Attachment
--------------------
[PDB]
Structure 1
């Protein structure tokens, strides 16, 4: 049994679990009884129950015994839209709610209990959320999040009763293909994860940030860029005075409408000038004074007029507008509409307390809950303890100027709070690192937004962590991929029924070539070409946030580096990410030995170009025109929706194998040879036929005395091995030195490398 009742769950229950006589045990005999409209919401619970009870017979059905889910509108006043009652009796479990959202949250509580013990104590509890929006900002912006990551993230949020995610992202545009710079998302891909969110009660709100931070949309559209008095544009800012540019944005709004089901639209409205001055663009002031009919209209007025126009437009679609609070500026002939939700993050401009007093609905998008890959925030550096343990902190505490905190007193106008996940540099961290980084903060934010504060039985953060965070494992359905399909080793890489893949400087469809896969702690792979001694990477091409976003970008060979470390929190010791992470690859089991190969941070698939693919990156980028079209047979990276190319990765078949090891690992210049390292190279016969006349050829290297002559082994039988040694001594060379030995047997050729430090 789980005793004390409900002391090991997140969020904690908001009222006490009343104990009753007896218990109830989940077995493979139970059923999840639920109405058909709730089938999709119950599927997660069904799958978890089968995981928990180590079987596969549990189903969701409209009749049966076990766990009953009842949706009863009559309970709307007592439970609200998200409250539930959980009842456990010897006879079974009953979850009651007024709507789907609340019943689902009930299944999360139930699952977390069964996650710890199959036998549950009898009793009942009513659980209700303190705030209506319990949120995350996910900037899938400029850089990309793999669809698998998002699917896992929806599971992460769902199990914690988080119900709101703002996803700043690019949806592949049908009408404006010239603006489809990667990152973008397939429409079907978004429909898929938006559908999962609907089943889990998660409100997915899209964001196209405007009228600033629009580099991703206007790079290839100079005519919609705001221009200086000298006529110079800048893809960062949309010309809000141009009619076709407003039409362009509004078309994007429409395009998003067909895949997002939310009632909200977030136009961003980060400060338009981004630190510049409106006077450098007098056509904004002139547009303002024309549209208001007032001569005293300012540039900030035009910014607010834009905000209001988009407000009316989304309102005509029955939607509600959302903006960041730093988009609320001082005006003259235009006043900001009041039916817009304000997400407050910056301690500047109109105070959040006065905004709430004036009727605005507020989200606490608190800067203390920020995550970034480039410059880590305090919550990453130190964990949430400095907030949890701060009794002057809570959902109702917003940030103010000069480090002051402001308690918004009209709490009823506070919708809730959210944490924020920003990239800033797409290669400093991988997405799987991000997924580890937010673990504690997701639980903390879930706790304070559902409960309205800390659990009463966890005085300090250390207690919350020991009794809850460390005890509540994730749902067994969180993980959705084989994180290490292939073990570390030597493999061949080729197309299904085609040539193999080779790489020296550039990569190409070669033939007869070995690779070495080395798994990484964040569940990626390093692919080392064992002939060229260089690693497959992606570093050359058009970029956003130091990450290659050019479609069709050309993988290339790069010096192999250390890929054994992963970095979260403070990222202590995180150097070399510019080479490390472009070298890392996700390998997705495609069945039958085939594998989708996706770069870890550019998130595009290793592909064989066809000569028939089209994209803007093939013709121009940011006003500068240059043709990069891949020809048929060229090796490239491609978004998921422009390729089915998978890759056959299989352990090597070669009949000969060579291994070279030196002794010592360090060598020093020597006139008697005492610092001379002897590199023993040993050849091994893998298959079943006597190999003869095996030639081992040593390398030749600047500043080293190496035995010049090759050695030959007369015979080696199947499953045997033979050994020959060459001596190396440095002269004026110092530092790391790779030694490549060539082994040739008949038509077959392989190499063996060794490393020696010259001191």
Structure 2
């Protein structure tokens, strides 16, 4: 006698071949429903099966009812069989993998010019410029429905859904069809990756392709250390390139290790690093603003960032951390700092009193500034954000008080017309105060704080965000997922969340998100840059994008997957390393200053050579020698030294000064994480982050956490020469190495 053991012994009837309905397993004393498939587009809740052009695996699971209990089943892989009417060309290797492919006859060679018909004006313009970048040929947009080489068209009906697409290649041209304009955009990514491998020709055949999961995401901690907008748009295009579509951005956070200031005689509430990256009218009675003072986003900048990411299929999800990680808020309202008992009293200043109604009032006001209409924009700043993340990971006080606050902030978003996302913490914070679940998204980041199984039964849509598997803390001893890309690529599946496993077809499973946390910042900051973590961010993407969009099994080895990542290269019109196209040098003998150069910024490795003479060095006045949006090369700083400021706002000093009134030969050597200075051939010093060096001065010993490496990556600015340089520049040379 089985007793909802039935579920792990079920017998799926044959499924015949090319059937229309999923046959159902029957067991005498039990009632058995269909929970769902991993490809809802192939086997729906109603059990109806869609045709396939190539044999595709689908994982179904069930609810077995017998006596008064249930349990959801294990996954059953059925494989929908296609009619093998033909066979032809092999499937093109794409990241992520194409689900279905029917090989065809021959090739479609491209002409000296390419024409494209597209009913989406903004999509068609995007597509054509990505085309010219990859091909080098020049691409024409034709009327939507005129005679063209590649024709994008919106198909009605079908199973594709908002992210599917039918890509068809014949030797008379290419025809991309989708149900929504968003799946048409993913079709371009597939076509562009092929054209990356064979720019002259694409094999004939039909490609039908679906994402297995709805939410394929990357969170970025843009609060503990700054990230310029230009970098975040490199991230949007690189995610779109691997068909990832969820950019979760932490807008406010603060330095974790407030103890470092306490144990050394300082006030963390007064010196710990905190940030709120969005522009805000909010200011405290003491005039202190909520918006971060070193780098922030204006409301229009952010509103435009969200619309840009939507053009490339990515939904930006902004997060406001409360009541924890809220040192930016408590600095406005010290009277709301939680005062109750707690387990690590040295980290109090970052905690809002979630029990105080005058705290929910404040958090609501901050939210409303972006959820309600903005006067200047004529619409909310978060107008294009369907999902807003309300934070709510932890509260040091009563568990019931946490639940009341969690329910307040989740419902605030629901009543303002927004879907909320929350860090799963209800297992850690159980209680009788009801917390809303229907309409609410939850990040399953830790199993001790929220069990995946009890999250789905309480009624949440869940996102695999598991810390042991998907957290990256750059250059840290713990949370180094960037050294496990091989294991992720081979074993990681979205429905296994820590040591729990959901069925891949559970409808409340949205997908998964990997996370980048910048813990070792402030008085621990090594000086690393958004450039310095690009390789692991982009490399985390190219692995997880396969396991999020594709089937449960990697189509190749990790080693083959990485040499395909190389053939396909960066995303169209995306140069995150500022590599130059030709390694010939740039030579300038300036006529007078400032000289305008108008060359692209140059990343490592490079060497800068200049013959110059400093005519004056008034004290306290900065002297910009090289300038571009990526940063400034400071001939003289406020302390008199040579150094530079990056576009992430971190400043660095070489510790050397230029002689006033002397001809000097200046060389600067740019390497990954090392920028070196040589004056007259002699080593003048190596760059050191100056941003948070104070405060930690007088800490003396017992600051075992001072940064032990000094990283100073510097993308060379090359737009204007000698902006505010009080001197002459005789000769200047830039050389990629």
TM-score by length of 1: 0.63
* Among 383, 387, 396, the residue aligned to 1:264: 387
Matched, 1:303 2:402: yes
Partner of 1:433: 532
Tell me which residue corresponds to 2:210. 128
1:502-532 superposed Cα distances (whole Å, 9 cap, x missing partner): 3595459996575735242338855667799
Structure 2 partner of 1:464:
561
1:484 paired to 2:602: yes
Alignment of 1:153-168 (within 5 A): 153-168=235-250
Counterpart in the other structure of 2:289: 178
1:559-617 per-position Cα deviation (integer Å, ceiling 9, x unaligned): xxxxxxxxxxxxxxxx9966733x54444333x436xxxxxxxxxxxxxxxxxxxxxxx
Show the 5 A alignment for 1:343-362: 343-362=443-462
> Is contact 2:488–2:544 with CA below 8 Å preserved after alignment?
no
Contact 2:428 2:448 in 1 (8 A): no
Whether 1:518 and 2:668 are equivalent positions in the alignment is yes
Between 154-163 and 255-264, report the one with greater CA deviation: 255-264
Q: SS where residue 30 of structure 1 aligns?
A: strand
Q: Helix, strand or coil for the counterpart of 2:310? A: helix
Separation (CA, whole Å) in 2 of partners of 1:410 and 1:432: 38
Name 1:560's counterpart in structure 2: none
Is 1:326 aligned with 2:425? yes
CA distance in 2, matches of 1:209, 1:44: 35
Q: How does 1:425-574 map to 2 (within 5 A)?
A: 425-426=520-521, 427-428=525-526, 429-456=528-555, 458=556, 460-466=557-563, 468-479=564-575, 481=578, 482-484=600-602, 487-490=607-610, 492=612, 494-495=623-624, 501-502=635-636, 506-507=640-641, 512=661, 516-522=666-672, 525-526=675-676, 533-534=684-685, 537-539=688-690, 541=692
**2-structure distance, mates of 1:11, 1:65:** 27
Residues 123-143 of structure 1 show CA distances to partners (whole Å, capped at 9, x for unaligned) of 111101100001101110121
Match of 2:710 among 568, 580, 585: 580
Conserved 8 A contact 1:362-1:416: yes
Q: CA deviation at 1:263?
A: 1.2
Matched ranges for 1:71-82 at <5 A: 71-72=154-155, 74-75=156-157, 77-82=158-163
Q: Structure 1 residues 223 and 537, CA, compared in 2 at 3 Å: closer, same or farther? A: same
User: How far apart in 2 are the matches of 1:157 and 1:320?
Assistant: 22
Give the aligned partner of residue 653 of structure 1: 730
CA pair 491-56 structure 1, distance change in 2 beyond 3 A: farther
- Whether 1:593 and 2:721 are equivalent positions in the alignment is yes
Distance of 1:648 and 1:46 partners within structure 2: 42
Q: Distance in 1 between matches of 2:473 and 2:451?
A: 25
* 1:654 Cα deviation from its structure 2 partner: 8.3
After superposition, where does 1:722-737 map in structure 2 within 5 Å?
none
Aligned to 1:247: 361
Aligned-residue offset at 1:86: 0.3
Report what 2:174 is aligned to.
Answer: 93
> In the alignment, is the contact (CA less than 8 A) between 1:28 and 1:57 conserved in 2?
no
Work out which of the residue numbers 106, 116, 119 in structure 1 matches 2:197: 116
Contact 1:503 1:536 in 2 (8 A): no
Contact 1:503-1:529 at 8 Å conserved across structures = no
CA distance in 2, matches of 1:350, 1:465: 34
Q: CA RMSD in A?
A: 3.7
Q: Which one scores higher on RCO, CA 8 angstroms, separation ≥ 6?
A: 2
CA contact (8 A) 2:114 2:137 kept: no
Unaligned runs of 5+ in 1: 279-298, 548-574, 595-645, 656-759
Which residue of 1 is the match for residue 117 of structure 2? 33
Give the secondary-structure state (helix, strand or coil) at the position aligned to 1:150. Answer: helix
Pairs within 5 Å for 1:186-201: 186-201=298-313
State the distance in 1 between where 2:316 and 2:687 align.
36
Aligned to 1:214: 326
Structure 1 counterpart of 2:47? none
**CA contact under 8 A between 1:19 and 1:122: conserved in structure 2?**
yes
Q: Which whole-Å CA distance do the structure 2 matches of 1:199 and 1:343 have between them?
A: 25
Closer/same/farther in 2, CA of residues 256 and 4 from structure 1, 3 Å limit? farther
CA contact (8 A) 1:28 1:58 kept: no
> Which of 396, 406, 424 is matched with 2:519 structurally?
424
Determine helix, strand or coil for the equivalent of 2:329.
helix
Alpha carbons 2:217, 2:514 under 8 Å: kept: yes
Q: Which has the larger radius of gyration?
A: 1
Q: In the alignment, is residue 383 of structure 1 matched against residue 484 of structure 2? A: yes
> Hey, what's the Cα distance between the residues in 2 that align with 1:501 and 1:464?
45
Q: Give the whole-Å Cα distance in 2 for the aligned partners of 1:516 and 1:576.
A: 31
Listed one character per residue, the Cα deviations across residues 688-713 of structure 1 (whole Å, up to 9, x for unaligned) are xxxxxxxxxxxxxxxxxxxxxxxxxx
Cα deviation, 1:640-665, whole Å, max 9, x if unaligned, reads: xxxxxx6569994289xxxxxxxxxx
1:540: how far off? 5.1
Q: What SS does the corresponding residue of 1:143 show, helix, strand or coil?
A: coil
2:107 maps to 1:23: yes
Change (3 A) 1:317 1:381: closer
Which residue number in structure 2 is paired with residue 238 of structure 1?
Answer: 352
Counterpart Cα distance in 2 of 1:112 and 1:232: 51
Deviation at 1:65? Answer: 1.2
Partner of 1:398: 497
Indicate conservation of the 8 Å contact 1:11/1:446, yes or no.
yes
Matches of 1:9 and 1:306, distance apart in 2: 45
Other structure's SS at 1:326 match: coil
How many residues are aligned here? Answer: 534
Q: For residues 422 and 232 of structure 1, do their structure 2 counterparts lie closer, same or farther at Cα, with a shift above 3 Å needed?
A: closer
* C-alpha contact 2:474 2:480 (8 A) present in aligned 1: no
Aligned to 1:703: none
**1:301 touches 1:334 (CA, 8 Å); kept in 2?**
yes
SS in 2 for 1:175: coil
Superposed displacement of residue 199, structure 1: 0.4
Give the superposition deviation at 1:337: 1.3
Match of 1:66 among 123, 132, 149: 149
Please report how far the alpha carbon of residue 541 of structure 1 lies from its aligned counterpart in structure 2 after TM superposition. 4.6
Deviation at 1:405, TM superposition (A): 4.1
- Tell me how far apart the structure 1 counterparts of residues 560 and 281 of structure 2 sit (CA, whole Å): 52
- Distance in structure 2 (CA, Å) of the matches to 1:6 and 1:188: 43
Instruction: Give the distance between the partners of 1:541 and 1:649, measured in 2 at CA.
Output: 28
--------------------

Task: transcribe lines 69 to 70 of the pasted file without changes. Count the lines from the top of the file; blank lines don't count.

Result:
Give the secondary-structure state (helix, strand or coil) at the position aligned to 1:150. Answer: helix
Pairs within 5 Å for 1:186-201: 186-201=298-313